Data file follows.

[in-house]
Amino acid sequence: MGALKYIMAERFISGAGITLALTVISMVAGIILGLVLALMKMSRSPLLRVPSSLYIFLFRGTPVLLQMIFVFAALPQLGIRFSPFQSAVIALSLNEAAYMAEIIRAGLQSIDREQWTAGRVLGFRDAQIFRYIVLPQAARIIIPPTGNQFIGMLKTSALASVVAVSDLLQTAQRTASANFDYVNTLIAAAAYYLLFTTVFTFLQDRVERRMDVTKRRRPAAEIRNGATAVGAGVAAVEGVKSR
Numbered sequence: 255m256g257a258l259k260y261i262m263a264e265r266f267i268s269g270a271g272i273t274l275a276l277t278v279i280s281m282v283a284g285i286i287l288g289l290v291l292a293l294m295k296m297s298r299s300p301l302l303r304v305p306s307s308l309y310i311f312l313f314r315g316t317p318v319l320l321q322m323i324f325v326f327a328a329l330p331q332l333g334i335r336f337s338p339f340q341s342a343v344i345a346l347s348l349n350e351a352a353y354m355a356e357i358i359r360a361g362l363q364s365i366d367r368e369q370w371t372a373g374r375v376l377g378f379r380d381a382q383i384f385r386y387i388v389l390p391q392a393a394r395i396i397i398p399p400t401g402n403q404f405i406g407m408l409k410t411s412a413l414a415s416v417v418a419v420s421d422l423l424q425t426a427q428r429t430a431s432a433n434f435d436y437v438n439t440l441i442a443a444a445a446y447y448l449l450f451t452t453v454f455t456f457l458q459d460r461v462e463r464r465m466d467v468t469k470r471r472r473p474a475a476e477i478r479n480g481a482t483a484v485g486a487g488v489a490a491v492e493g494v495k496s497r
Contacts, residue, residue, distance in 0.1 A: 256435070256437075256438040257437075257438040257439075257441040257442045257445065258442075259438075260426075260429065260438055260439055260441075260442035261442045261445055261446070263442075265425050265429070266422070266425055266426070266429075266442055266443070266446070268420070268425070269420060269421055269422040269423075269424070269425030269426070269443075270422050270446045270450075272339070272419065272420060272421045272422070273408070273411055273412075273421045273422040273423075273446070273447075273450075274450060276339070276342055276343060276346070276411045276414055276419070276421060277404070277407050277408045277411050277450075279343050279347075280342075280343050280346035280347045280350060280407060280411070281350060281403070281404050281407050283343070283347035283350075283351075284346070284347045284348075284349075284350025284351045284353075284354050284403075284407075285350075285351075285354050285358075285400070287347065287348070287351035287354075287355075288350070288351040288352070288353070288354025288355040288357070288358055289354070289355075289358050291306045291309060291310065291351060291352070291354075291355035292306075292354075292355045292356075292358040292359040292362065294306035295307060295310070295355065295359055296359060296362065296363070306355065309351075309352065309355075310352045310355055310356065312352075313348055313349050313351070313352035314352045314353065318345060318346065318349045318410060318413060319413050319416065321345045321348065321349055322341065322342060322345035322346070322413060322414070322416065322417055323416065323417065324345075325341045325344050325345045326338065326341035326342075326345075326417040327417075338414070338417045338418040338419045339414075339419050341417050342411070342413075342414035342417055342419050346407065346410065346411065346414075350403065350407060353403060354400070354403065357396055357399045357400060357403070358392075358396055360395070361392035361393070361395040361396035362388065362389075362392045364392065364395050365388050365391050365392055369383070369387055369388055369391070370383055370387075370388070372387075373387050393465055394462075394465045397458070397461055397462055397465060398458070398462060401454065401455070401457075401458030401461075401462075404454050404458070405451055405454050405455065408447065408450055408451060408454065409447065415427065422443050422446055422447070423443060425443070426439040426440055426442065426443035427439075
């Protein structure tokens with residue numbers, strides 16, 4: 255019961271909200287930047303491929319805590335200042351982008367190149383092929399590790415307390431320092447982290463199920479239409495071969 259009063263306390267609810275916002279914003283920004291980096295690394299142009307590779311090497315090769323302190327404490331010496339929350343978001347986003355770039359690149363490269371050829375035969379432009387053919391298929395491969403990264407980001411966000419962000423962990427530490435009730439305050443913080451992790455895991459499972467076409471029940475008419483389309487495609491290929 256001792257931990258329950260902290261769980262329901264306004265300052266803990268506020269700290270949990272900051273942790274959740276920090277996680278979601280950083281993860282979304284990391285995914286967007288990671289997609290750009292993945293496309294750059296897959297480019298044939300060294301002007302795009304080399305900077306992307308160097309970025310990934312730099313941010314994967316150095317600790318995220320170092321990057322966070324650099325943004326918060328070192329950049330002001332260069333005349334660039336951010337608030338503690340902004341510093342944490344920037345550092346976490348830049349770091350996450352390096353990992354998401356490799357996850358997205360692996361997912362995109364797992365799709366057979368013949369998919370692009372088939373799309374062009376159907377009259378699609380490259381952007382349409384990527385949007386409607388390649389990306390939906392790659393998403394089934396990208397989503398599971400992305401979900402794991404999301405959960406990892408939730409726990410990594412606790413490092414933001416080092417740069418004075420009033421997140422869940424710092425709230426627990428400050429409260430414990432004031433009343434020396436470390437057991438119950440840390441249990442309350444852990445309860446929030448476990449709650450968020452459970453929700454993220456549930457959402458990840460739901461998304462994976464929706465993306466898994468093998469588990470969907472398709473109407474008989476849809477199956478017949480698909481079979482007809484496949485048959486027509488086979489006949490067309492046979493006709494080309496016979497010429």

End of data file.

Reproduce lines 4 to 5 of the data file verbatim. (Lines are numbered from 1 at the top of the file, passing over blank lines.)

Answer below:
Contacts, residue, residue, distance in 0.1 A: 256435070256437075256438040257437075257438040257439075257441040257442045257445065258442075259438075260426075260429065260438055260439055260441075260442035261442045261445055261446070263442075265425050265429070266422070266425055266426070266429075266442055266443070266446070268420070268425070269420060269421055269422040269423075269424070269425030269426070269443075270422050270446045270450075272339070272419065272420060272421045272422070273408070273411055273412075273421045273422040273423075273446070273447075273450075274450060276339070276342055276343060276346070276411045276414055276419070276421060277404070277407050277408045277411050277450075279343050279347075280342075280343050280346035280347045280350060280407060280411070281350060281403070281404050281407050283343070283347035283350075283351075284346070284347045284348075284349075284350025284351045284353075284354050284403075284407075285350075285351075285354050285358075285400070287347065287348070287351035287354075287355075288350070288351040288352070288353070288354025288355040288357070288358055289354070289355075289358050291306045291309060291310065291351060291352070291354075291355035292306075292354075292355045292356075292358040292359040292362065294306035295307060295310070295355065295359055296359060296362065296363070306355065309351075309352065309355075310352045310355055310356065312352075313348055313349050313351070313352035314352045314353065318345060318346065318349045318410060318413060319413050319416065321345045321348065321349055322341065322342060322345035322346070322413060322414070322416065322417055323416065323417065324345075325341045325344050325345045326338065326341035326342075326345075326417040327417075338414070338417045338418040338419045339414075339419050341417050342411070342413075342414035342417055342419050346407065346410065346411065346414075350403065350407060353403060354400070354403065357396055357399045357400060357403070358392075358396055360395070361392035361393070361395040361396035362388065362389075362392045364392065364395050365388050365391050365392055369383070369387055369388055369391070370383055370387075370388070372387075373387050393465055394462075394465045397458070397461055397462055397465060398458070398462060401454065401455070401457075401458030401461075401462075404454050404458070405451055405454050405455065408447065408450055408451060408454065409447065415427065422443050422446055422447070423443060425443070426439040426440055426442065426443035427439075
């Protein structure tokens with residue numbers, strides 16, 4: 255019961271909200287930047303491929319805590335200042351982008367190149383092929399590790415307390431320092447982290463199920479239409495071969 259009063263306390267609810275916002279914003283920004291980096295690394299142009307590779311090497315090769323302190327404490331010496339929350343978001347986003355770039359690149363490269371050829375035969379432009387053919391298929395491969403990264407980001411966000419962000423962990427530490435009730439305050443913080451992790455895991459499972467076409471029940475008419483389309487495609491290929 256001792257931990258329950260902290261769980262329901264306004265300052266803990268506020269700290270949990272900051273942790274959740276920090277996680278979601280950083281993860282979304284990391285995914286967007288990671289997609290750009292993945293496309294750059296897959297480019298044939300060294301002007302795009304080399305900077306992307308160097309970025310990934312730099313941010314994967316150095317600790318995220320170092321990057322966070324650099325943004326918060328070192329950049330002001332260069333005349334660039336951010337608030338503690340902004341510093342944490344920037345550092346976490348830049349770091350996450352390096353990992354998401356490799357996850358997205360692996361997912362995109364797992365799709366057979368013949369998919370692009372088939373799309374062009376159907377009259378699609380490259381952007382349409384990527385949007386409607388390649389990306390939906392790659393998403394089934396990208397989503398599971400992305401979900402794991404999301405959960406990892408939730409726990410990594412606790413490092414933001416080092417740069418004075420009033421997140422869940424710092425709230426627990428400050429409260430414990432004031433009343434020396436470390437057991438119950440840390441249990442309350444852990445309860446929030448476990449709650450968020452459970453929700454993220456549930457959402458990840460739901461998304462994976464929706465993306466898994468093998469588990470969907472398709473109407474008989476849809477199956478017949480698909481079979482007809484496949485048959486027509488086979489006949490067309492046979493006709494080309496016979497010429």